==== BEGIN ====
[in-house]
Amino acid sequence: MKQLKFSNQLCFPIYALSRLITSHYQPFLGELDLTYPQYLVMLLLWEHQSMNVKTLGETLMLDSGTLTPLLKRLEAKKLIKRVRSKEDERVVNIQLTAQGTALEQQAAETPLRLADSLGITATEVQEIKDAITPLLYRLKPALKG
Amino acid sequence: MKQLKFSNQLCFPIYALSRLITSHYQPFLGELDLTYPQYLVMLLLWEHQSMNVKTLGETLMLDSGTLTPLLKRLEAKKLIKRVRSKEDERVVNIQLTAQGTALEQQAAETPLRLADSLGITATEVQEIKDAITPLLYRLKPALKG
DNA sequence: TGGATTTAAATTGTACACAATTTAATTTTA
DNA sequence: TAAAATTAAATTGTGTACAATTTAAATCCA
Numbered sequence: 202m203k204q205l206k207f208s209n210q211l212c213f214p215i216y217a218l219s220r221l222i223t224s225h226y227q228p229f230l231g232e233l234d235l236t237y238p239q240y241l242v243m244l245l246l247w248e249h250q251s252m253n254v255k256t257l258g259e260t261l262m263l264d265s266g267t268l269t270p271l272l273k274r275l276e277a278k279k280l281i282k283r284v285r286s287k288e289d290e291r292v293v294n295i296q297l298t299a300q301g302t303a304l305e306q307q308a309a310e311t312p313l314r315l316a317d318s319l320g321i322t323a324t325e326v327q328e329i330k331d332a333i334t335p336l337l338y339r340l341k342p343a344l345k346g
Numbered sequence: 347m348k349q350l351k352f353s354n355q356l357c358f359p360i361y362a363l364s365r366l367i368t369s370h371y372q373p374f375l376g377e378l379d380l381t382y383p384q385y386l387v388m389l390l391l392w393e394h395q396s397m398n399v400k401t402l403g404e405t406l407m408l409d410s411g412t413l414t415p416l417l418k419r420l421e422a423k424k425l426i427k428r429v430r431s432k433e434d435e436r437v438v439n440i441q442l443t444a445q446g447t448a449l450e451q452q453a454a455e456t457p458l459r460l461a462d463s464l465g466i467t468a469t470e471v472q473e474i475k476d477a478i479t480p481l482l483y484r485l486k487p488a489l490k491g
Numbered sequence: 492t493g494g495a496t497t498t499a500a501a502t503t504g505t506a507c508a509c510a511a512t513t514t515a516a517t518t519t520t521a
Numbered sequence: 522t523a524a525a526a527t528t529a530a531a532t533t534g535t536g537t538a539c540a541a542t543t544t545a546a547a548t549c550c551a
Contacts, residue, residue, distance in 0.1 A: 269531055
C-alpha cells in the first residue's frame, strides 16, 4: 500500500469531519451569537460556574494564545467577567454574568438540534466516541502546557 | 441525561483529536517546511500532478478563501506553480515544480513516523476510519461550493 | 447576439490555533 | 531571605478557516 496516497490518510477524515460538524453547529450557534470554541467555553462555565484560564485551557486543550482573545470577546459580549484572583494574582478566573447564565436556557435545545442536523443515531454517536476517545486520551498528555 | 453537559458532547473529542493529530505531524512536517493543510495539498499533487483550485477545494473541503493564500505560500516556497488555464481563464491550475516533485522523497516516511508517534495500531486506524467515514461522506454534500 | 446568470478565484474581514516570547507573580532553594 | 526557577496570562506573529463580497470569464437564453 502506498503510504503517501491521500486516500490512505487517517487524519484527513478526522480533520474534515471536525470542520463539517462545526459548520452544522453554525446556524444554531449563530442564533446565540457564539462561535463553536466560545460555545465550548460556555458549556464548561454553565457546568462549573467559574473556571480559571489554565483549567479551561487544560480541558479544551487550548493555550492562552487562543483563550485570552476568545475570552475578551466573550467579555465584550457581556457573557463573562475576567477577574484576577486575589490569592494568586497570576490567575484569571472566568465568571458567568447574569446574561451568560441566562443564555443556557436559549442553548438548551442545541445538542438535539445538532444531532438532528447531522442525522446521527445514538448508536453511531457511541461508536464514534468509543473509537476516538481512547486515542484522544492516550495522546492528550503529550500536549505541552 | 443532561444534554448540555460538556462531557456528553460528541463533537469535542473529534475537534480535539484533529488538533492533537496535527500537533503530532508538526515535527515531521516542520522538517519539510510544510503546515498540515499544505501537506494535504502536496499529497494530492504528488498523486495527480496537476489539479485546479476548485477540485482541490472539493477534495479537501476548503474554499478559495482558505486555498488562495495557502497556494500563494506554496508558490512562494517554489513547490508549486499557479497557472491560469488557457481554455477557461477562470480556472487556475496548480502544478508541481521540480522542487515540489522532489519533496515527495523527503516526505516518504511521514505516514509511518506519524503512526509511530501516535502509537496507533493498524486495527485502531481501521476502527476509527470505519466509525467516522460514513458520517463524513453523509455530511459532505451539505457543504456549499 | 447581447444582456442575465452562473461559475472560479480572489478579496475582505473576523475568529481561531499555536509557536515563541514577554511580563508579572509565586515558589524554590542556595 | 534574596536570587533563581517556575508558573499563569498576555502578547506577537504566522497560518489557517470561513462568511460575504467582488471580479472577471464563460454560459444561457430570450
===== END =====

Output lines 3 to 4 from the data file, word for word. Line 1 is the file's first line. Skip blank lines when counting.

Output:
Amino acid sequence: MKQLKFSNQLCFPIYALSRLITSHYQPFLGELDLTYPQYLVMLLLWEHQSMNVKTLGETLMLDSGTLTPLLKRLEAKKLIKRVRSKEDERVVNIQLTAQGTALEQQAAETPLRLADSLGITATEVQEIKDAITPLLYRLKPALKG
DNA sequence: TGGATTTAAATTGTACACAATTTAATTTTA